How to Vacuum An AC System Without A Pump
There are many ways to improve the overall efficiency of your air conditioning system and reduce the risk of it completely failing. Vacuuming out your AC system is one of these regular maintenance tasks that should never be overlooked. But how do you vacuum an AC system without a pump?
To vacuum an AC system without a pump install an access valve on both ends of the air conditioner system. Depress the access valve on the high side while the pressure on the low side drops as low as it can. Then, you’ll need to charge the low side to 14psi and allow the pressure on both sides to equalize before repeating the process.
It’s essential that you vacuum your system in order to remove any moisture or air that could potentially damage it in the long run. Moisture in the lines is a major issue that reduces the AC system’s performance and can cause freezing.
Eliminating air or moisture in the system on a regular basis is a low-cost, effective way to maintain a healthy air conditioning unit. If you’re installing a new compressor, since most vacuum pumps are driven by the AC grid power, you can run into some difficulty that requires you to implement a different process for evacuation.
Step One – Depress the Access Valve
With your new compressor and both the high and low side access valves installed, turn on the compressor. Next, depress only the access valve that is located on the high side of the AC system. While you’re doing this, closely observe the pressure on the low side.
One the pressure has reached the lowest point it will reach, close the high-side access valve and shut off the compressor. This entire step will take you around five minutes to complete.
Step Two – Charge the Low Side
After you’ve run through the entire process in step 1, charge the low side of the system. It should be charged completely to roughly 14 psi. Afterwards, wait and monitor for about three minutes until the pressures on both the high and low side equalize.
Step Three – Depress the High-Side Access Valve Again
Once the high and low side pressures level out, turn the compressor back on and depress the access valve on the high side of the system again. Once the pressure on the low side is as low as it will go, allow the high side access valve to close. When closed, turn off the compressor.
Step Four – Repeat Steps 2 and 3.
Once again, charge the low side of the system to around 14 psi. Wait approximately three minutes for the pressure to equalize, turn on the compressor and depress the high-side valve.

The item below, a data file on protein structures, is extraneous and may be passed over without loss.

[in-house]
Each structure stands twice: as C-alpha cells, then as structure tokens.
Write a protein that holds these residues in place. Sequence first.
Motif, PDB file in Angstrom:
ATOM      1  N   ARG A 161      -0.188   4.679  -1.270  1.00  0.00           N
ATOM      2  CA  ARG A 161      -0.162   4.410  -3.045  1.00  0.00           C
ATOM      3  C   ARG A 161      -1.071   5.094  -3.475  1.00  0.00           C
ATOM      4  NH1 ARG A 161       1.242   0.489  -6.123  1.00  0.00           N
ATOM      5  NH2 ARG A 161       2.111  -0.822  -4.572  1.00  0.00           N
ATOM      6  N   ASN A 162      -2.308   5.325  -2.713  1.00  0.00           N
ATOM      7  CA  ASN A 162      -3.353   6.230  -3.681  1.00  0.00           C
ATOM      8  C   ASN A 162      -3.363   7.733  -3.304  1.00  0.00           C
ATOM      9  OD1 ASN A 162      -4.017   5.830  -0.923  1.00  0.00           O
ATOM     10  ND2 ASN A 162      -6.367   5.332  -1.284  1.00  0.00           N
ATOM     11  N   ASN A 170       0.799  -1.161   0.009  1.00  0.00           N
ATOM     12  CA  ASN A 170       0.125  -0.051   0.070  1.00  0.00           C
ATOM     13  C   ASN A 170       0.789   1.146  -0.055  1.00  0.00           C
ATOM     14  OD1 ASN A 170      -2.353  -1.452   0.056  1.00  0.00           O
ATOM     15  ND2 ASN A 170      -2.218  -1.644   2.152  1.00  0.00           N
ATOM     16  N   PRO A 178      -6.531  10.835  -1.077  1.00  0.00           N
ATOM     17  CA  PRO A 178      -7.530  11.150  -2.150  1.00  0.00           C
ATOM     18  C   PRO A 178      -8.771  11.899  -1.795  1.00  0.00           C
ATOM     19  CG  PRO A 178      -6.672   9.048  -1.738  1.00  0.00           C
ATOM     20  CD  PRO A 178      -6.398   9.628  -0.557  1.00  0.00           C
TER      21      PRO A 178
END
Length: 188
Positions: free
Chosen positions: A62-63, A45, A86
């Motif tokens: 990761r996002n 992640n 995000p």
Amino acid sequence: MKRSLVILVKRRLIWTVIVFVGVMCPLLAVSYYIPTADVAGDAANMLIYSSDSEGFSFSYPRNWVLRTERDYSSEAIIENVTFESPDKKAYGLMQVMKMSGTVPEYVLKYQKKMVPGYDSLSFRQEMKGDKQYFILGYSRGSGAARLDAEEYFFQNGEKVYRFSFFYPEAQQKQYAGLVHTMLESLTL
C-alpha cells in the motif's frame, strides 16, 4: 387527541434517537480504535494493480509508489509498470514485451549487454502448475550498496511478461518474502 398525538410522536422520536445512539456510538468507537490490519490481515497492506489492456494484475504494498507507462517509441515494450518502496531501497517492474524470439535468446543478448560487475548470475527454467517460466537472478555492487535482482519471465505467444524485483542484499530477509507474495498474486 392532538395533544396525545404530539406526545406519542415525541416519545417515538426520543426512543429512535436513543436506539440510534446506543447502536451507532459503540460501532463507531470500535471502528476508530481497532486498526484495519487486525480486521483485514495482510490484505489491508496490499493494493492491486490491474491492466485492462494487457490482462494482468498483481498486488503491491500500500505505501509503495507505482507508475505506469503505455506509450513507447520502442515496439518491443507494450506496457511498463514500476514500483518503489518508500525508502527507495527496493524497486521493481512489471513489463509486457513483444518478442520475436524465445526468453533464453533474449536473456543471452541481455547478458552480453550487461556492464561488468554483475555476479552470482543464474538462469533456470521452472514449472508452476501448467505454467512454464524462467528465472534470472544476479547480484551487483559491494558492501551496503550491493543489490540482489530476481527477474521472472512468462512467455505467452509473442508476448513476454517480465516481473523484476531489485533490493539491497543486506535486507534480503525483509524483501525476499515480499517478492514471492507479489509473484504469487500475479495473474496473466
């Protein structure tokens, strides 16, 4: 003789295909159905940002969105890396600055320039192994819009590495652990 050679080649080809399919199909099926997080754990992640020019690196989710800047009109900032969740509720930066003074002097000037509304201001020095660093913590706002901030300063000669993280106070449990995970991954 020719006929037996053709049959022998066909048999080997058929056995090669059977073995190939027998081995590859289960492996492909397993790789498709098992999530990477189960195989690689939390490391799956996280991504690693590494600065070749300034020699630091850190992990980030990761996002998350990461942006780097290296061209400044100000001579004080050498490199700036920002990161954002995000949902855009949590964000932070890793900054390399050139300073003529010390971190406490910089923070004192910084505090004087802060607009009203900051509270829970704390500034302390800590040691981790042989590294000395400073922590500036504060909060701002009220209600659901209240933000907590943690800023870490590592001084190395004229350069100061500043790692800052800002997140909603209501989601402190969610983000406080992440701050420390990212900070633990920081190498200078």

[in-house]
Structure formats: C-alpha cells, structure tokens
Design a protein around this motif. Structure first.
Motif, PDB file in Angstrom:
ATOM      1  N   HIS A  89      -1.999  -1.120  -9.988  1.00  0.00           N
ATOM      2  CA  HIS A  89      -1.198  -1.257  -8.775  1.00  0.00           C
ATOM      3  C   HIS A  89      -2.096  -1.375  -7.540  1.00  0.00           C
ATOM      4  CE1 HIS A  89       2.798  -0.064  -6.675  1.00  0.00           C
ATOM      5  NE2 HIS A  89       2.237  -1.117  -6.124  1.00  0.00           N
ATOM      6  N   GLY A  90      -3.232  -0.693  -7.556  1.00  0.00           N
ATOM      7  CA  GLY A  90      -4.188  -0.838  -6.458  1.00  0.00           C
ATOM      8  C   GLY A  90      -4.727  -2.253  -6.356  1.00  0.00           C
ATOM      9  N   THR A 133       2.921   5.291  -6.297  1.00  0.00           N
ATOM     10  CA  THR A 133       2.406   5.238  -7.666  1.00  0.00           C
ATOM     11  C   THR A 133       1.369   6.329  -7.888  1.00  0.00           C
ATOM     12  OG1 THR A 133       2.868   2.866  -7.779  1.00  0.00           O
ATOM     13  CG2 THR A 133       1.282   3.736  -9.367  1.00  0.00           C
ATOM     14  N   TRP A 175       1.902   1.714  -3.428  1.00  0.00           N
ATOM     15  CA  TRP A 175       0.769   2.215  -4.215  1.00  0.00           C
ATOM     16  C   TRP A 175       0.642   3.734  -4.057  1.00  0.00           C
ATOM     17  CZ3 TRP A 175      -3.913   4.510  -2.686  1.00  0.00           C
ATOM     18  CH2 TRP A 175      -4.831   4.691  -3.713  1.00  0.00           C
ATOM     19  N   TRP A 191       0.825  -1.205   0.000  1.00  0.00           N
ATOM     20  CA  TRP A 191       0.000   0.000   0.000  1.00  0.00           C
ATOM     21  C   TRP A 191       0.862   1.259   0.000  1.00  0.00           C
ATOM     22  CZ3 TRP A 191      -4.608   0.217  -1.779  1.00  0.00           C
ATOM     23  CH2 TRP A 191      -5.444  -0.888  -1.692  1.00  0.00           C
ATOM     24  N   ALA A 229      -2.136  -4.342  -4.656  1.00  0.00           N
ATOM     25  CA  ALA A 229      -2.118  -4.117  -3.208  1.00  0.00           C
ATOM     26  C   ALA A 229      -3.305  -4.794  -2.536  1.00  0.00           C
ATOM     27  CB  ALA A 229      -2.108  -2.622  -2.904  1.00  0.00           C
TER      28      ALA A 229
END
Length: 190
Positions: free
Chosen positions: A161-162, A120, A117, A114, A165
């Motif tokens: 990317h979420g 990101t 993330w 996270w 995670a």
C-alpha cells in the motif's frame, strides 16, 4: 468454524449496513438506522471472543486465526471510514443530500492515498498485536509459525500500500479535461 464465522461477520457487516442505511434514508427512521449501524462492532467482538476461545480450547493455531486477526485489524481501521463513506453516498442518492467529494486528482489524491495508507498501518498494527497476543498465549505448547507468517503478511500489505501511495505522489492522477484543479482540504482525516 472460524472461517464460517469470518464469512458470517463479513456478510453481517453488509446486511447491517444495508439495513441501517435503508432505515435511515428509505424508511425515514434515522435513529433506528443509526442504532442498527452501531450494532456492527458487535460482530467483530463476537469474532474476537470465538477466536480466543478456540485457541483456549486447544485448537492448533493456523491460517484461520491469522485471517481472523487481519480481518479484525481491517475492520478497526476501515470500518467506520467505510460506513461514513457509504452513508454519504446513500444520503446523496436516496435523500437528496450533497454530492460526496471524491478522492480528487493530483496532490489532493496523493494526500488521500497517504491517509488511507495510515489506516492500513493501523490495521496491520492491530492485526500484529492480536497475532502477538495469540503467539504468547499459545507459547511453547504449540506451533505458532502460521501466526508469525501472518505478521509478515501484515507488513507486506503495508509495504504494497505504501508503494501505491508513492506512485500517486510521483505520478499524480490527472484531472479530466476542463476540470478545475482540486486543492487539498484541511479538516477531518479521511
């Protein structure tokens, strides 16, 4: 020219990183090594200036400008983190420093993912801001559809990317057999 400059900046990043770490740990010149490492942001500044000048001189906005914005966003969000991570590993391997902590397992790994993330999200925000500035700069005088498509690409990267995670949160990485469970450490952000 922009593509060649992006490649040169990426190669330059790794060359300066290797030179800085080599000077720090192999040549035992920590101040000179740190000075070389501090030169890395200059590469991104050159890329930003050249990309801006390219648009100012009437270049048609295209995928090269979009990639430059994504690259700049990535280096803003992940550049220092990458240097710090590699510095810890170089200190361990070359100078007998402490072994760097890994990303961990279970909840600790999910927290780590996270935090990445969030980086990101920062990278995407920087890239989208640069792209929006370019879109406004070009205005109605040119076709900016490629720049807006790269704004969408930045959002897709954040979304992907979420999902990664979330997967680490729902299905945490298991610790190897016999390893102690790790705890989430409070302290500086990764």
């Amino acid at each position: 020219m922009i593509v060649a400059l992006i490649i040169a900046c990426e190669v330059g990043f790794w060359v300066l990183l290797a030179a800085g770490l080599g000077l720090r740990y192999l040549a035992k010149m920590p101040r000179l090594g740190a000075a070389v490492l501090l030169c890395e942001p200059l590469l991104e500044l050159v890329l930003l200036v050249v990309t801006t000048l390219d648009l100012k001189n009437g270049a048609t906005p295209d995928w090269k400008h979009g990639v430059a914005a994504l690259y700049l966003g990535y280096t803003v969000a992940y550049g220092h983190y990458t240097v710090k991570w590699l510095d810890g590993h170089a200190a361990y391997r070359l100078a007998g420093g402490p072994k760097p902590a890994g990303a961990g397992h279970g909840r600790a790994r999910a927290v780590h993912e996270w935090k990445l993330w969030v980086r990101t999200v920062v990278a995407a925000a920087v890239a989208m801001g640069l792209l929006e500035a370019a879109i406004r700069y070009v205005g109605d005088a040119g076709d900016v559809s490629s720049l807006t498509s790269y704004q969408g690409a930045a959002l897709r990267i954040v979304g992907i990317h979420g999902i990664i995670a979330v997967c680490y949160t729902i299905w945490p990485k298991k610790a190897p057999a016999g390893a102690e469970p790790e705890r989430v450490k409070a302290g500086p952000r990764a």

Note: A successful evacuation will be indicated by the pressure on the low side not reaching as low as previous. This is due to the refrigerant absorption in the compressor oil and its gradual release.
This time around, when the gas isn’t coming out of the high side access valve, allow the valve to shut. At this point, any air and moisture will have been purged from the AC system.
Step Five – Charge With Refrigerant
For the final step in this evacuation procedure, charge the AC system with the required amount of refrigerant and then shut off the compressor. If necessary, make any appropriate adjustments or changes to this process based on your particular unit.
Why Vacuum an AC System?
As previously mentioned, air and moisture buildup in your AC system can cause a number of problems, some more serious than others. Let’s examine some of the most relevant issues when moisture or air is present in refrigerant and why your system should be vacuumed regularly.
When air exists in refrigerant or refrigerant coils, this can lead to…
- Reduction in condenser capacity. Air is considered a non-condensate gas and occupies more space than refrigerant in a system. The presence of a non-condensate gas in the system will cause the cooling and condenser capacity to decrease.
- Less refrigerant charge. With air taking up some of the space that should be occupied by refrigerant, this causes less refrigerant to charge in both the refrigerant system and refrigerant pipe.
- Increased condenser temperature and pressure. Since non-condensate gases are occupying space, the system does not condense as easily. This leads to an overall increase in pressure and temperature throughout the system.
- Overheated compressor. As the temperature and pressure of the condenser rises, it enters the evaporate and causes the compressor to overheat. An overheated compressor can lead to higher power consumption and cause the entire compressor system to malfunction or fail.
- Decrease in cooling capabilities. A compressor that is overheated, increased the power load and energy required to function properly. With more power consumption, the entire system will not be able to cool properly and reduces the overall cooling capacity.
When moisture exists in refrigerant or refrigerant coils, this can lead to…
- Acid formation. As moisture combines with lubricant in the system, it converts to acid. This chemical reaction causes motor winding failure and rust formation in the system’s internal mechanisms.
- Expansion Device Blockage. When refrigerant, along with moisture, enter the expansion valve, the moisture blocks the entrance or exit. This blockage of the expansion device can result in ice forming, causing overall freezing and potential failure of the entire system.
How to Vacuum the AC System in Your Car